Sneaking into The Grammys!


KYW-TV3 – Philadelphia was  a training ground for top talk show producers working today. I worked for Ed Glavin (The Ellen DeGeneres Show), Glenn Davish (The View), Lynn MacCauley (Ricki Lake) and others.


I was originally assigned to a Saturday morning teen show called “Check It Out” with executive producer, Janet King Johnson. Slim, flat topped Afro, African American woman probably in her 30s, and she scared the piss out of me. Janet made no qualms of her displeasure of my presence. She told me numerous times in the first week that I was a 17-year-old high school kid with no education in television when there are countless college students majoring in the field. “You being assigned to me makes my job harder, not easier.” she’d say.


She was right. After all I didn’t know terms or technology. She would turn to me and rattle off 10 things to be done. I’d say OK, get out of her sight, then ask someone, ANYone do decipher the list. It was usually an engineer that took pity on me.


One time she asked for time coded, blacked out, blank tapes for the next taping. It turned out they weren’t time coded so when she went to editing, she couldn’t find anything without viewing the entire tape of raw footage back and forth. I’m sure it gave her an extra three hours of work. She loathed me.


Another time I was carrying a pile of videotapes past the bulk tape eraser machine. It’s the size of huge office copier. Instead of taping over shows over and over, you put the videotapes on the machine, flip the switch and the magnetizing erases the tapes clean. The machine was on as I walked by and ruined my tapes.


I got into the groove eventually. It was mostly if not all grunt work for months. Month three I asked Janet if my name would ever be on the credits. She said if and when she felt I earned it, my name would be in the credits. A month later after I brought back dinner for a late night taping for everyone, she called me into the editing room and showed me my name scrolling by. We hugged. After that I was an equal.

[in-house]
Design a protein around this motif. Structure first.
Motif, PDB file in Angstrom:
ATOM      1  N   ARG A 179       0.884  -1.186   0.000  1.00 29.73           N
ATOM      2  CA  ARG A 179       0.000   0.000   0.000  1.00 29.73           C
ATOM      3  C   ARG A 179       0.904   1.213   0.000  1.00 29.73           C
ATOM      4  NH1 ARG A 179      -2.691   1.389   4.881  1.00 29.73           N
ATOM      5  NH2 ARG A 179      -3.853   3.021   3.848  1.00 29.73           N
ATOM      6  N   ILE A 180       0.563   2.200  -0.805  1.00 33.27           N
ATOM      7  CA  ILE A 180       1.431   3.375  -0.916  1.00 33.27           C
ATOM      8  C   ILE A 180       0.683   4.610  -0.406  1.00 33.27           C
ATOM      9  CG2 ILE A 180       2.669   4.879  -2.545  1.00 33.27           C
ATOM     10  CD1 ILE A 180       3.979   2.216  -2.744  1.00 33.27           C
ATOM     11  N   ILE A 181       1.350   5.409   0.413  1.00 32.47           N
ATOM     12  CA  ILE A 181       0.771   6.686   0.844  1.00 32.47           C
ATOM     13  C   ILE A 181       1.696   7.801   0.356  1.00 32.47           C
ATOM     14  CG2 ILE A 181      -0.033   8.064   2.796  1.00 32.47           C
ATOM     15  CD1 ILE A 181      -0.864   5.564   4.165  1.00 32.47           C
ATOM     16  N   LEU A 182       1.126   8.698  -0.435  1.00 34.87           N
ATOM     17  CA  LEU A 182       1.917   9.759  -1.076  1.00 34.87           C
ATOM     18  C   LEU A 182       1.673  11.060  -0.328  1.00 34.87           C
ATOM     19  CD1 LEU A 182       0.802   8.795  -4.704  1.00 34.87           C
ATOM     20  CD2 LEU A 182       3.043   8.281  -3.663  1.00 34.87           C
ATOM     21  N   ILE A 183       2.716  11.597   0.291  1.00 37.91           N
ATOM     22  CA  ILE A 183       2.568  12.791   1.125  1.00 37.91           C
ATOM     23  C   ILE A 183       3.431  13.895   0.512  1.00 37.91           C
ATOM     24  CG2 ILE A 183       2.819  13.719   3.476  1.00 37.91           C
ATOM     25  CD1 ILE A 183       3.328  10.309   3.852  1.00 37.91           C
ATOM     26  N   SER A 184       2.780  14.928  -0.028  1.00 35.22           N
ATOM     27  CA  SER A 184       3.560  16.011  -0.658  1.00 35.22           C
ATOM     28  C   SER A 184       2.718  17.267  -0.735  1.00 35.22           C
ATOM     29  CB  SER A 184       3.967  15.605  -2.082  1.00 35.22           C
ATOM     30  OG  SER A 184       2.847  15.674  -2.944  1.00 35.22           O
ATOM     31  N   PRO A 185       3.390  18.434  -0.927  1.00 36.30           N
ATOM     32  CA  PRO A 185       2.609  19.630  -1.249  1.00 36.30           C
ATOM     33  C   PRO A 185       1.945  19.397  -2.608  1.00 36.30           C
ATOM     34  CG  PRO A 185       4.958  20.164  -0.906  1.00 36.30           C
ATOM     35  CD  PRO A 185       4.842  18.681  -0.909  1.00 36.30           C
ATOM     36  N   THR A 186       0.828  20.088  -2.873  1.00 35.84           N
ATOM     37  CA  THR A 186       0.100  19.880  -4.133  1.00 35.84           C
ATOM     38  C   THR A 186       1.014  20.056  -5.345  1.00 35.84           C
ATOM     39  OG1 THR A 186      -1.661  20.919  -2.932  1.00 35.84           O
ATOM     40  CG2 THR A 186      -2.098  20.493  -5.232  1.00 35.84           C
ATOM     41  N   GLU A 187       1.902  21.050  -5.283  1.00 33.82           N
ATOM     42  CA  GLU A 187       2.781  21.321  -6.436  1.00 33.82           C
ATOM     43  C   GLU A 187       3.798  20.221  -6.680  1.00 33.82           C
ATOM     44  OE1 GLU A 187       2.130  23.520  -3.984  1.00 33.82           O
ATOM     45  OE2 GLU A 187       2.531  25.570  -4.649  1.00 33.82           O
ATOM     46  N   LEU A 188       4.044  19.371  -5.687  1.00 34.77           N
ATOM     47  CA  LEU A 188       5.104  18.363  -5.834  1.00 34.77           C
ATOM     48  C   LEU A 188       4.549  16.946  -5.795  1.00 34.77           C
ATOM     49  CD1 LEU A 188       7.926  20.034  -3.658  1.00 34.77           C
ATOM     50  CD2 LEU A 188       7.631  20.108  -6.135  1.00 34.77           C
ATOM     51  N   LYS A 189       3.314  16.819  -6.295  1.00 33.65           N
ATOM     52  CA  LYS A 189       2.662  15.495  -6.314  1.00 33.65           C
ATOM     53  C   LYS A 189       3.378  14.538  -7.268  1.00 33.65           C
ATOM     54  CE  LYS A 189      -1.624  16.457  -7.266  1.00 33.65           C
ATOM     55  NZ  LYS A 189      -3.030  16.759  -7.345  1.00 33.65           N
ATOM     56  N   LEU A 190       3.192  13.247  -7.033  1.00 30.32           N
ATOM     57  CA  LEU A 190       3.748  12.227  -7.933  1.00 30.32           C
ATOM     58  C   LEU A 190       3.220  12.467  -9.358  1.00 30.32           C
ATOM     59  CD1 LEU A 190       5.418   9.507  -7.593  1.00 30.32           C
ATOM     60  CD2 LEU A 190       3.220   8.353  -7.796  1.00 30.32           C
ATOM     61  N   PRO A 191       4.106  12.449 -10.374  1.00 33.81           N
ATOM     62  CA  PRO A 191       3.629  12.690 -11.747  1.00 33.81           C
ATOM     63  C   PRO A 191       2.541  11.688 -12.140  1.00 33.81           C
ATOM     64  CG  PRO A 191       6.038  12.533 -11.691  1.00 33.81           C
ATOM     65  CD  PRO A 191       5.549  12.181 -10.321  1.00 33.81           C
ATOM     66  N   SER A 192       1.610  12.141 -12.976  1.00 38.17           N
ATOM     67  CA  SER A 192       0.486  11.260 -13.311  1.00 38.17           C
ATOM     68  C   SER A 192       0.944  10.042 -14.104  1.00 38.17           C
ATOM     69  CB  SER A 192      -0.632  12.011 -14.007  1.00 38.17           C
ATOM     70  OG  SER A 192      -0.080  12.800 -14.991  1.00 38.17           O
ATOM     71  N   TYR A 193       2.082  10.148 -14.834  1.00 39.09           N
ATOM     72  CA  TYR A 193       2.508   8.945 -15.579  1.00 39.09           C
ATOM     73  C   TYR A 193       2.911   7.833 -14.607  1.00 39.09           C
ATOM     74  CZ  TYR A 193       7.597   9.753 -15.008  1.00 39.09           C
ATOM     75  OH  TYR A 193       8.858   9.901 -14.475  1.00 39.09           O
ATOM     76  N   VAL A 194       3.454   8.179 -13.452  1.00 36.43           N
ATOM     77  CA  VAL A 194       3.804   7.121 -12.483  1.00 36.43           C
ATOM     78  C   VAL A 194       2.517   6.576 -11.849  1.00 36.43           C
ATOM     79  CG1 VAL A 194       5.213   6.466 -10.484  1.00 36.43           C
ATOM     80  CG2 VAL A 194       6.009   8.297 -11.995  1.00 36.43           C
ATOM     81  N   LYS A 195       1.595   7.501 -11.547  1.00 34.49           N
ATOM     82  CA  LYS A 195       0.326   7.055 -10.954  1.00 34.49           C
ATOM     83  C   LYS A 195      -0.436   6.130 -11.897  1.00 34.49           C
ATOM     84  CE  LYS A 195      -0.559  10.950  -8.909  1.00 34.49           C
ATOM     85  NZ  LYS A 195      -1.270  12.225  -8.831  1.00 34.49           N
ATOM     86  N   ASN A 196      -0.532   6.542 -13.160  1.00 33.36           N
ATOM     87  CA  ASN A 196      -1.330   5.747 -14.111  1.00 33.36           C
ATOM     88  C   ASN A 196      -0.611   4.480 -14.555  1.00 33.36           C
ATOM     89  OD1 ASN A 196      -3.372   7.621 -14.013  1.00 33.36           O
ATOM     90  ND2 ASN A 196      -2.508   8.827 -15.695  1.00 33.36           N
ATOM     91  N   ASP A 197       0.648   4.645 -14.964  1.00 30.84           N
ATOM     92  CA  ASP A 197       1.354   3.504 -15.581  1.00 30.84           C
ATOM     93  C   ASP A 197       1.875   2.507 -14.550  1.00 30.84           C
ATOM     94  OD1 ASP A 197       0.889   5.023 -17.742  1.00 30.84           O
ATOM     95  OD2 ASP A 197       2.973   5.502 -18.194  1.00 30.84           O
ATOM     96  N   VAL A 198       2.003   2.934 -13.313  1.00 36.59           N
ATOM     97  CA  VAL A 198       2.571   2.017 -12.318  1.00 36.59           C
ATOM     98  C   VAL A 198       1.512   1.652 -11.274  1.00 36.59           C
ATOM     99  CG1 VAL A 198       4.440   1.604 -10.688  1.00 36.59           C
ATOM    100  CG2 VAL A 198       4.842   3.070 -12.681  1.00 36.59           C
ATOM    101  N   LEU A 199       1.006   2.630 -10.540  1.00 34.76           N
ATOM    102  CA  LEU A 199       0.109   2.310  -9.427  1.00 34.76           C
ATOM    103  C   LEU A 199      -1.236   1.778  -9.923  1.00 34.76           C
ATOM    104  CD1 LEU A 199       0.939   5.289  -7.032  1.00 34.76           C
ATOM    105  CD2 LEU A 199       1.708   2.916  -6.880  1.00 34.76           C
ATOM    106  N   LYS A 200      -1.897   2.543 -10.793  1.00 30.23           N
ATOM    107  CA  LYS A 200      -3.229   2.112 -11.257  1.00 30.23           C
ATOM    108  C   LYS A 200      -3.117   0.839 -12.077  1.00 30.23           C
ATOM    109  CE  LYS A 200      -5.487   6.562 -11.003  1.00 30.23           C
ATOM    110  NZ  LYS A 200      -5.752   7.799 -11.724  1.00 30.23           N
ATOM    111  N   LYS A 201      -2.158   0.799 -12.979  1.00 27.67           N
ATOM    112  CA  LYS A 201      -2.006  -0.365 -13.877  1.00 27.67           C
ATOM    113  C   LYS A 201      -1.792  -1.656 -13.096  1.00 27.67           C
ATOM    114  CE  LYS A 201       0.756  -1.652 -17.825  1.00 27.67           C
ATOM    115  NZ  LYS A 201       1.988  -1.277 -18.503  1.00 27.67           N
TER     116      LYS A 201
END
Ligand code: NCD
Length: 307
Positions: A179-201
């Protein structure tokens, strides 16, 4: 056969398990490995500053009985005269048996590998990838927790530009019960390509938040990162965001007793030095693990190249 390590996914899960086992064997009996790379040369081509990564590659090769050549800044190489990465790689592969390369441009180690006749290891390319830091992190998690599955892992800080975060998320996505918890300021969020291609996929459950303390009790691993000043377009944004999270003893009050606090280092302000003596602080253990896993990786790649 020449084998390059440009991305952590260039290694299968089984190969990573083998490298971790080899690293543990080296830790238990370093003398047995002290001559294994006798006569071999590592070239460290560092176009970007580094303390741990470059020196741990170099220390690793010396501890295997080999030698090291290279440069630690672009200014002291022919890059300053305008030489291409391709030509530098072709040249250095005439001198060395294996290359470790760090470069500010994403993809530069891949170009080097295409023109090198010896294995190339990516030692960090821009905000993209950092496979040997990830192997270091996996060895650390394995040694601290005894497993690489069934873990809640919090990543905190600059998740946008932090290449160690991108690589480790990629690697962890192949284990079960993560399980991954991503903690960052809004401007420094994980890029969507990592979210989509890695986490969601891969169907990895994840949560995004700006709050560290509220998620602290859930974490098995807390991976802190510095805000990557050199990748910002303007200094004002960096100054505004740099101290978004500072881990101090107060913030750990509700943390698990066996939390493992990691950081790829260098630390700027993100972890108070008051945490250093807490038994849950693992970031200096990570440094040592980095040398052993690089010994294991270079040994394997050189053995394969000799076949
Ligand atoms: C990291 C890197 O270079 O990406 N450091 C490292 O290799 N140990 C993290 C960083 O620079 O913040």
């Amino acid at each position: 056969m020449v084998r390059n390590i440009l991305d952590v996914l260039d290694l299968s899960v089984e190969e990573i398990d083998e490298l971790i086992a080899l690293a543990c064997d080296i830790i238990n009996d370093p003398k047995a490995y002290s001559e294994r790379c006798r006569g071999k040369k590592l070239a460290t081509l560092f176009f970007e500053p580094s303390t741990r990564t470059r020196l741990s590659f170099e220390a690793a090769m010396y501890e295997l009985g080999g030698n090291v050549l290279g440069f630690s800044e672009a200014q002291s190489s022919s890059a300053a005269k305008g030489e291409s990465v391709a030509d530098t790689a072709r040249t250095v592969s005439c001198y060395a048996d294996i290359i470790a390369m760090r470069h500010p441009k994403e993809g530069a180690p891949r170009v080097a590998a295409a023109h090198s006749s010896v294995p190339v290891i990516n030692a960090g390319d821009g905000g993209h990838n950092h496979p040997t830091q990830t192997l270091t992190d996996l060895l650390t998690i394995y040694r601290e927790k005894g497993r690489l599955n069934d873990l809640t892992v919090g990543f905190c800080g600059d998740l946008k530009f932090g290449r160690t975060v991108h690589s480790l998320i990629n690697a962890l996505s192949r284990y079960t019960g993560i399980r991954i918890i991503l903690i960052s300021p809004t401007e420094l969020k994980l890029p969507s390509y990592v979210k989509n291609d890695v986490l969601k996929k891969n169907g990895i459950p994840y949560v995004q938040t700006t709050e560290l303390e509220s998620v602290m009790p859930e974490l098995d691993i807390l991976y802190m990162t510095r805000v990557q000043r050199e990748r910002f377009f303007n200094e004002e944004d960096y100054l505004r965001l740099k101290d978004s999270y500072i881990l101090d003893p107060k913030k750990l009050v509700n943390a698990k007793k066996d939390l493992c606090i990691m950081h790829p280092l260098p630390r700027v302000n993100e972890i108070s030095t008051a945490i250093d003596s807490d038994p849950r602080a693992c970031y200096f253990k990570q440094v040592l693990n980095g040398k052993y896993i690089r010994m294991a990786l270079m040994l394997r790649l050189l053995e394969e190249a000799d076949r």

I had my own desk and handled many of the shows responsibilities. When things were slow, I would sneak off to other shows to help and learn.


One of the tough things was recognizing that while I loved the technical side of production, the performance side was something I wanted very much. I’d watch the hosts of all these shows and knew that personality was inside me. But my quiet, shy nature was still holding me back.


Until one day I was opening the mail at my desk when I read a notice from the Grammy Awards press department informing us that if our station wanted press passes to cover the show, to contact them by mail with our producer, camera man and host names.


Janet had no interest in covering the show … but I did. I wanted to be a host or reporter and I need to show someone I could do it. I knew nothing about music but I knew someone who did. Mark Doctrow was a guy I knew from a youth group I was in. He was older than me, and MTV crazy. Madonna especially. He knew and followed everything. He was from Harrisburg and it was clear his obsession was based on getting out of his small town life once he was old enough.


I called him up and told him he’d be my producer and feed me relevant questions as the stars came by. He agreed and got his father’s tuxedo shop to supply our wares. The cameraman was an a/v teacher at another friend’s high school. In retrospect it probably looked out of place having a home video camera next to professional television cams. But I dressed the camera in NBC peacock logos from the KYW art department and a news logo cube to go around my microphone.